In yet another embodiment, the central port 50 is sized to accommodate a spike located inside a seal of a needless access port valve, such as those shown in U.S. Pat. No. 5,700,248. When inserted into the Luer inlet of a needleless access port valve of the '248 patent, the tip 18 of the syringe pushes down on the seal of the needleless access port valve to open the seal while the central port 50 surrounds the spike to accommodate its presence. Fluid flow discharging from the syringe would then flow through the various radially located flow channels 42 in flow pattern that is larger than a typical syringe to flush the interior surfaces of the needleless access port device.

The syringe of FIGS. 1-3 may be used by inserting the tip of the syringe into a vascular access device, such as into a female Luer connector of a catheter hub or a needleless access port valve, and, if the syringe has a threaded collar, rotating the syringe barrel to engage the collar with the threads on the vascular access device. The plunger on the syringe is then pushed to expel fluid out of the syringe tip. As the tip of the present syringe has multiple channels compared to a single lumen on a prior art syringe tip, fluid is expelled radially, axially, and/or randomly through the vascular access device to flush most, if not all, crevices of the internal chamber of the vascular access device. The flow channels of the disclosed syringes may also incorporate different shapes or configurations than shown, as further discussed below with reference to the various flushing tip adaptors.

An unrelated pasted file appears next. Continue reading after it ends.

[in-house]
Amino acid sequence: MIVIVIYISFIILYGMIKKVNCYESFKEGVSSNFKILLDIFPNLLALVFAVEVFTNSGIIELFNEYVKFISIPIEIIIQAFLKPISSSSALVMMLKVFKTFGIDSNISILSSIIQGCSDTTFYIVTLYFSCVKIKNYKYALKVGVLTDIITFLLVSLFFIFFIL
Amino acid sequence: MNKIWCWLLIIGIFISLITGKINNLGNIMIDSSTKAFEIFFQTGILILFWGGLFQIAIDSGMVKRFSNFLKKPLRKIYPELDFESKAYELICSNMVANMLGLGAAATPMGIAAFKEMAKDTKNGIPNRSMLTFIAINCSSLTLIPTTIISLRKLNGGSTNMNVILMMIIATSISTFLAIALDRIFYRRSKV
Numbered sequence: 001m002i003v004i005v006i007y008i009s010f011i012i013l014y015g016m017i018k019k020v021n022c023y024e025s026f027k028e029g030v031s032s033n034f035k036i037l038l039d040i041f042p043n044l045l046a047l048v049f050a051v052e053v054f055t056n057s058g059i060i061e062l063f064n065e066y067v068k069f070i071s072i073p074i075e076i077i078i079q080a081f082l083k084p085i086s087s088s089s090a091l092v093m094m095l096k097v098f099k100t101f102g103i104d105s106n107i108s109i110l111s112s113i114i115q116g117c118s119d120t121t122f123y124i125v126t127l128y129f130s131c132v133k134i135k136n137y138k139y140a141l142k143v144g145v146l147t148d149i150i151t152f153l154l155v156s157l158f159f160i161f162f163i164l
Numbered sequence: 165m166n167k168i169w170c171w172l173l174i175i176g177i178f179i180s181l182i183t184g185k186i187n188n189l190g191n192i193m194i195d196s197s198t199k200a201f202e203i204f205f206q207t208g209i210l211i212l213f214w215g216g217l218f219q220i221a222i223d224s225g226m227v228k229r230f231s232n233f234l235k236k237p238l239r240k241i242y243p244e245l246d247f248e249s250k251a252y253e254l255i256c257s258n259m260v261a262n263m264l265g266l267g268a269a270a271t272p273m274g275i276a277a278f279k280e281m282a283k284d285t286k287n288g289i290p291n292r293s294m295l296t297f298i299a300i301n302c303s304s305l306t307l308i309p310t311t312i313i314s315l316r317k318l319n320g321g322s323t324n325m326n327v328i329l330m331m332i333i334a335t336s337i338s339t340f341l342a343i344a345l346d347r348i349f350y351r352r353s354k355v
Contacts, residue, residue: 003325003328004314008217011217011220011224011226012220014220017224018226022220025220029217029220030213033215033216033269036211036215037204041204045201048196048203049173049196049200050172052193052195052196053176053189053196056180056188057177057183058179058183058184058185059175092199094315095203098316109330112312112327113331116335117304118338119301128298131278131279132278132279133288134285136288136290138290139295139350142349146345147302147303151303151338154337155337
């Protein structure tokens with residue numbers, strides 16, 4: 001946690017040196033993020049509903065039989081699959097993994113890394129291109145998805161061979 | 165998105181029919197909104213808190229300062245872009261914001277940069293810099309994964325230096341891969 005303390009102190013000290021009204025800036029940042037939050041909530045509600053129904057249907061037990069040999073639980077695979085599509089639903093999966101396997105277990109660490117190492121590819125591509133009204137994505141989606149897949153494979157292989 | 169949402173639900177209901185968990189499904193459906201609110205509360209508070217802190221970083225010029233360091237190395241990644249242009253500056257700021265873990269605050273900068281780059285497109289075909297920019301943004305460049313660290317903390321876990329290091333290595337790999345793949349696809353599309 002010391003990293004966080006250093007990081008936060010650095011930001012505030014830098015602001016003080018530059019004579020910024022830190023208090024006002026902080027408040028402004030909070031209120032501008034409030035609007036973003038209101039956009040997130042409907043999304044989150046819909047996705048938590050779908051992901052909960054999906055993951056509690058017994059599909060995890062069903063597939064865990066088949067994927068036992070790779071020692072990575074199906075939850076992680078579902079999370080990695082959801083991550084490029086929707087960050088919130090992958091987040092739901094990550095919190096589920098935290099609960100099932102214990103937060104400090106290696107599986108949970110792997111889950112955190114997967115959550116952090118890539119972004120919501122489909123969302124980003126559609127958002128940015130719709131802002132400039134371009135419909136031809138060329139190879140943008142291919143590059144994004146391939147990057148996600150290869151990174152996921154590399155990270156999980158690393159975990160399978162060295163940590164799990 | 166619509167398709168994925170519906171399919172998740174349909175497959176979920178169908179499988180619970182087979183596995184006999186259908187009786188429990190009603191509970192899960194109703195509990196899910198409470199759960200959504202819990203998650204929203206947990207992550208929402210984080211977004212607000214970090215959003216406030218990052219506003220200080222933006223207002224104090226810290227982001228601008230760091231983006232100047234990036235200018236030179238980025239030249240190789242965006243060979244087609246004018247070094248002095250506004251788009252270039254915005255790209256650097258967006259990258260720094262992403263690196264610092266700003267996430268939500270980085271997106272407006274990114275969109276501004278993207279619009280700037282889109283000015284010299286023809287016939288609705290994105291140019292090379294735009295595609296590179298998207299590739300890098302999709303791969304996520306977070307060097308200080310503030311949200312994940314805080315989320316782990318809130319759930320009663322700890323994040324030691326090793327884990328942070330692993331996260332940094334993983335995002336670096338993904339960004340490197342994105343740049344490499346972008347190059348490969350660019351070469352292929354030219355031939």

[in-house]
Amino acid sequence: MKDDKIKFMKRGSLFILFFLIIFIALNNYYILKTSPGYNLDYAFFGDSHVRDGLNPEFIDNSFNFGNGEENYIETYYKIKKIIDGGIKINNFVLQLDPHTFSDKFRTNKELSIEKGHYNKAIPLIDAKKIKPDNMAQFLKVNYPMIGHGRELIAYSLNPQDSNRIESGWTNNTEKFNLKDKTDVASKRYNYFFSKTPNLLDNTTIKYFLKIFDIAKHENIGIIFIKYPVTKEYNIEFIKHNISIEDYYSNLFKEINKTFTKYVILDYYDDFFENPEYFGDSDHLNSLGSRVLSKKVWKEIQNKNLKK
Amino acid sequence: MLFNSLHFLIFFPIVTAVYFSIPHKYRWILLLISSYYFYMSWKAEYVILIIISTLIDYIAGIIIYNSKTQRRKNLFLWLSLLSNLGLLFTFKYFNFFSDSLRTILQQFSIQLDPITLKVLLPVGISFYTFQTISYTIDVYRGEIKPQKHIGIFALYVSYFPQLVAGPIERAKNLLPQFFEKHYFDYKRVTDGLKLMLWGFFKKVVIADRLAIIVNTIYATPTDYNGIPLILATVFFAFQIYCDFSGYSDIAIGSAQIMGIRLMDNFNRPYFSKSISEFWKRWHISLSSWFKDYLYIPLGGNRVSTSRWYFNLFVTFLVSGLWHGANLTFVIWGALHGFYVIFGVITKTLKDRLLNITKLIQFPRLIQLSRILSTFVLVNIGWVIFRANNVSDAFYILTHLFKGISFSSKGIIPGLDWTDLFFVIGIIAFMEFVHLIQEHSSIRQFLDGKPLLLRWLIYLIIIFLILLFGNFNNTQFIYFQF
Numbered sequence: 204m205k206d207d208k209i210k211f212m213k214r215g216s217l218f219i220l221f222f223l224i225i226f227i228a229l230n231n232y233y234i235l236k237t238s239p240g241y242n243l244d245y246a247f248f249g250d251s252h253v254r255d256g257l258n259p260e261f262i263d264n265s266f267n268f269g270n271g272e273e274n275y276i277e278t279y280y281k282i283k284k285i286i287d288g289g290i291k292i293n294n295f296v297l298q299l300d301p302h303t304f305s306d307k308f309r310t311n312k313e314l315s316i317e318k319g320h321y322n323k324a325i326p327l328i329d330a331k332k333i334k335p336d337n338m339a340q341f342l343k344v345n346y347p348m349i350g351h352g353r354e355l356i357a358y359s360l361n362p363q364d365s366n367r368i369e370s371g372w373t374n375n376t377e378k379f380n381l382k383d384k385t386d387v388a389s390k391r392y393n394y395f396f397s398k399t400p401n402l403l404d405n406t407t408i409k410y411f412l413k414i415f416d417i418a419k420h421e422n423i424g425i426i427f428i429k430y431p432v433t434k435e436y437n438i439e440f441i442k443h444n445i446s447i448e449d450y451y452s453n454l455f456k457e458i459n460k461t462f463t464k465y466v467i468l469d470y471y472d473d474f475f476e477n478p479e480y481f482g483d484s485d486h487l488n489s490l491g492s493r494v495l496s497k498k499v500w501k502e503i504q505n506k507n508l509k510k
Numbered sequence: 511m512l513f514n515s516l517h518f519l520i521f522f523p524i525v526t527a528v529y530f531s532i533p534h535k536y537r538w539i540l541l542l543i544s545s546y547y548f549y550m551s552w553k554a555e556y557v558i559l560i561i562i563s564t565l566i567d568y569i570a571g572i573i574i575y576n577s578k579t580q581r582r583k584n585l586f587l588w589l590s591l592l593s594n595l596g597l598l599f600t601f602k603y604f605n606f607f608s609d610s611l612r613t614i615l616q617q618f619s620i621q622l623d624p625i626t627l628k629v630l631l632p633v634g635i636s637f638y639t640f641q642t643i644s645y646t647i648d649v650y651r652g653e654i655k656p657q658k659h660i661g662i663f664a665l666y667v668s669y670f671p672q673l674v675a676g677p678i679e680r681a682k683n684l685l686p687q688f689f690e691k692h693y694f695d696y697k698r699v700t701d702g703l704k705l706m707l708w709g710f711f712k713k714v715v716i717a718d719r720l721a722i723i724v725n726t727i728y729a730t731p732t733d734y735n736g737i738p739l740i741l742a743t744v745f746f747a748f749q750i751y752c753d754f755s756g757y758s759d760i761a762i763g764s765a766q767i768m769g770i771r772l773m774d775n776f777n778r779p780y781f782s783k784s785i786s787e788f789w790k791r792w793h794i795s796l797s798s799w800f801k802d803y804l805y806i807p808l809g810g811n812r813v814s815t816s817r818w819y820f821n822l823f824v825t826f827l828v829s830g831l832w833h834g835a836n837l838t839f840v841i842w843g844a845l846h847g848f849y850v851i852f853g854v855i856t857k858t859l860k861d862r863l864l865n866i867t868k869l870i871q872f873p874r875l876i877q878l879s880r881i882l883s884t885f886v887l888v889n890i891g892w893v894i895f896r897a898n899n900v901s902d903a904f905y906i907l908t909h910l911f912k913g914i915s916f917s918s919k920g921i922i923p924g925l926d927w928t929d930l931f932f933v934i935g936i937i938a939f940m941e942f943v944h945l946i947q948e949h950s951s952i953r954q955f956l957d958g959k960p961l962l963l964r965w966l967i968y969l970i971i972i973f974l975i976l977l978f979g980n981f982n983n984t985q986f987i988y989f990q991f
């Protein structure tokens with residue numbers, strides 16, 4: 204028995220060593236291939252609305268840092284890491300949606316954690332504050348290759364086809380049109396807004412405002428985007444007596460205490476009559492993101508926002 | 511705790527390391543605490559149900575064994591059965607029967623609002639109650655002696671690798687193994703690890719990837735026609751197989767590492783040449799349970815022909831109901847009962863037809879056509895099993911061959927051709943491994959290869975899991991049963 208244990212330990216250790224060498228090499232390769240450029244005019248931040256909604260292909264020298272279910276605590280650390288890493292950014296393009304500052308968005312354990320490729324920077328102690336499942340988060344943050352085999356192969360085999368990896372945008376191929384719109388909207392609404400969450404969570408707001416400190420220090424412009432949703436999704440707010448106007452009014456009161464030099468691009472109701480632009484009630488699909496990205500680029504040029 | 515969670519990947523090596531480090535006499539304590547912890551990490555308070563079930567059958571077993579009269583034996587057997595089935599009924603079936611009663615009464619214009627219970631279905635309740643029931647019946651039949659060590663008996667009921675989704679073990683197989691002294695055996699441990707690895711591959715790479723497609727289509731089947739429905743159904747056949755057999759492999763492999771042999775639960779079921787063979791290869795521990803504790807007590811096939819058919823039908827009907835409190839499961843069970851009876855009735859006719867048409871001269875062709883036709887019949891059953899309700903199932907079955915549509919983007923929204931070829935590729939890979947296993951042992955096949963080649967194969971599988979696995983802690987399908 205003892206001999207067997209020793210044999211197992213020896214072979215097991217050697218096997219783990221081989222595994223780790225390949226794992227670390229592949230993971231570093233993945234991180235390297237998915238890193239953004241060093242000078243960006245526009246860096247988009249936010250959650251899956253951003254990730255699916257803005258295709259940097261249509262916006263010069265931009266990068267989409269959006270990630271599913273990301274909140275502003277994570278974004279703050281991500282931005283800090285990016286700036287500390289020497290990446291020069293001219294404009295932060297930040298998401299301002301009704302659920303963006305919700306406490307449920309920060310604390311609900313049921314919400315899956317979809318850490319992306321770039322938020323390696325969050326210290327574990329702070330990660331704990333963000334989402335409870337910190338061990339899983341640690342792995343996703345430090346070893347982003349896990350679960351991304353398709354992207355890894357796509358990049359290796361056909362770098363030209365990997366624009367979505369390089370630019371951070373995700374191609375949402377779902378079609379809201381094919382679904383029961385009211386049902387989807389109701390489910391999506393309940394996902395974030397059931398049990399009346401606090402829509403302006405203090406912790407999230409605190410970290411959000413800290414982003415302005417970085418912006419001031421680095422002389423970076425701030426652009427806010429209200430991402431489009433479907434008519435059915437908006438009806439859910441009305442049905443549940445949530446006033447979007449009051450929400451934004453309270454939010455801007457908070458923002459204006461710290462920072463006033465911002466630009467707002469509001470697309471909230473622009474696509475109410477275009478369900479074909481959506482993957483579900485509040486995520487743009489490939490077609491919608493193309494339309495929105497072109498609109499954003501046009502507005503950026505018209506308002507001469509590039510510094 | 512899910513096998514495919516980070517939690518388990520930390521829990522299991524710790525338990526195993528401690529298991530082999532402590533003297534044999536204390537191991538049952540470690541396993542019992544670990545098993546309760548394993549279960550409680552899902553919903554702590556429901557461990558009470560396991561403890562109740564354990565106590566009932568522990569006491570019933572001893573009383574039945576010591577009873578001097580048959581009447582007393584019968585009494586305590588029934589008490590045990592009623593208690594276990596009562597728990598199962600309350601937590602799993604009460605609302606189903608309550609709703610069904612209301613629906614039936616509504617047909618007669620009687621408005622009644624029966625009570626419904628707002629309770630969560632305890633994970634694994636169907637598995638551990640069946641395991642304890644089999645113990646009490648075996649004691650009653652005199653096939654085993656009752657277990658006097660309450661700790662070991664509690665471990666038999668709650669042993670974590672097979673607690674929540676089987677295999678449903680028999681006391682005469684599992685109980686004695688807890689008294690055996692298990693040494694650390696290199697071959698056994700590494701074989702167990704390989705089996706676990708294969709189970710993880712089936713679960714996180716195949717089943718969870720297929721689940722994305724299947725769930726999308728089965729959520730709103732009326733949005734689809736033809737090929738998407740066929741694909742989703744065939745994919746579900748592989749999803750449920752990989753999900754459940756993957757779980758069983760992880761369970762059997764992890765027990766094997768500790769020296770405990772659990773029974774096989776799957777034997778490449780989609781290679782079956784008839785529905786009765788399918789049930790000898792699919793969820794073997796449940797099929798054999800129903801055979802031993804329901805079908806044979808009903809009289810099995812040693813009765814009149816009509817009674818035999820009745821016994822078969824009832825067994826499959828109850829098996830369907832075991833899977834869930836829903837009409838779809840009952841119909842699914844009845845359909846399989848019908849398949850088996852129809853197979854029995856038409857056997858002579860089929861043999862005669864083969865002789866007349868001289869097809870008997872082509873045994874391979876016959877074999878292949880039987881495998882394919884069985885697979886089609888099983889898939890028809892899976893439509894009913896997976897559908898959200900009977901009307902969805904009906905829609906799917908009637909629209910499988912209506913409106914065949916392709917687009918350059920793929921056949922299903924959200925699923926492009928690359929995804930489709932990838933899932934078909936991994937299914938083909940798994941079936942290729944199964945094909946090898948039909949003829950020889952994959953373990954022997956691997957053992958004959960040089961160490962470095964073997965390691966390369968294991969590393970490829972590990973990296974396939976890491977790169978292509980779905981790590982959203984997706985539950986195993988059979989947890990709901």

FIG. 3A is a front view of an alternative syringe tip 18 provided in accordance with aspects of the present device. The syringe tip comprises a tip body 36 having a thickness and a tip end 40 connected to the tip body 36 by a pair of ribs or bridges 200. The tip end 40 and the bridges 200 define or form two opening passages 202 at the end of the tip. Fluid discharged through the tip 18 is configured to flow through the two passages 202 to produce a flow pattern. To increase surface area of the two opening passages 202, one or more optional undercuts 204 may be formed on the interior surface 206 of the tip body 36. The syringe tip 18 of the present embodiment can therefore provide a larger flow profile or pattern than a comparable single lumen prior art syringe.